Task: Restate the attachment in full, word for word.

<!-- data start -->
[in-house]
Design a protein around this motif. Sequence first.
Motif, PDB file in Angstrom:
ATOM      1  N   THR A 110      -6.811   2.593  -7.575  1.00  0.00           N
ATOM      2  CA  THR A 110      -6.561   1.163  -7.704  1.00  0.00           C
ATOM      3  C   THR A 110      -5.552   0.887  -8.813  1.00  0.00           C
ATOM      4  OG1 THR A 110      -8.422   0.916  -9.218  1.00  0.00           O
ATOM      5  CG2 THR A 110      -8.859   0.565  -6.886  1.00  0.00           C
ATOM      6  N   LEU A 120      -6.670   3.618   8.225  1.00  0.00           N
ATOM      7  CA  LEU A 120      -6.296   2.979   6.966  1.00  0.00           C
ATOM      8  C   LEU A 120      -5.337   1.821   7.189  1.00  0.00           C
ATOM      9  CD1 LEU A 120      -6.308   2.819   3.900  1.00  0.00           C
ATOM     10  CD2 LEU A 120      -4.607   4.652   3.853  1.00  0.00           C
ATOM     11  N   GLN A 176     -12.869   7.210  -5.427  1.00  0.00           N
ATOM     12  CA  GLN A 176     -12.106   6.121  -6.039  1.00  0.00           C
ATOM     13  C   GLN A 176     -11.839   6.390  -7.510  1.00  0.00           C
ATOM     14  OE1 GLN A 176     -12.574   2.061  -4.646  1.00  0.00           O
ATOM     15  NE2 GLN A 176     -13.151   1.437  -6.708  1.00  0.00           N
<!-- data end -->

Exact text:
[in-house]
Design a protein around this motif. Sequence first.
Motif, PDB file in Angstrom:
ATOM      1  N   THR A 110      -6.811   2.593  -7.575  1.00  0.00           N
ATOM      2  CA  THR A 110      -6.561   1.163  -7.704  1.00  0.00           C
ATOM      3  C   THR A 110      -5.552   0.887  -8.813  1.00  0.00           C
ATOM      4  OG1 THR A 110      -8.422   0.916  -9.218  1.00  0.00           O
ATOM      5  CG2 THR A 110      -8.859   0.565  -6.886  1.00  0.00           C
ATOM      6  N   LEU A 120      -6.670   3.618   8.225  1.00  0.00           N
ATOM      7  CA  LEU A 120      -6.296   2.979   6.966  1.00  0.00           C
ATOM      8  C   LEU A 120      -5.337   1.821   7.189  1.00  0.00           C
ATOM      9  CD1 LEU A 120      -6.308   2.819   3.900  1.00  0.00           C
ATOM     10  CD2 LEU A 120      -4.607   4.652   3.853  1.00  0.00           C
ATOM     11  N   GLN A 176     -12.869   7.210  -5.427  1.00  0.00           N
ATOM     12  CA  GLN A 176     -12.106   6.121  -6.039  1.00  0.00           C
ATOM     13  C   GLN A 176     -11.839   6.390  -7.510  1.00  0.00           C
ATOM     14  OE1 GLN A 176     -12.574   2.061  -4.646  1.00  0.00           O
ATOM     15  NE2 GLN A 176     -13.151   1.437  -6.708  1.00  0.00           N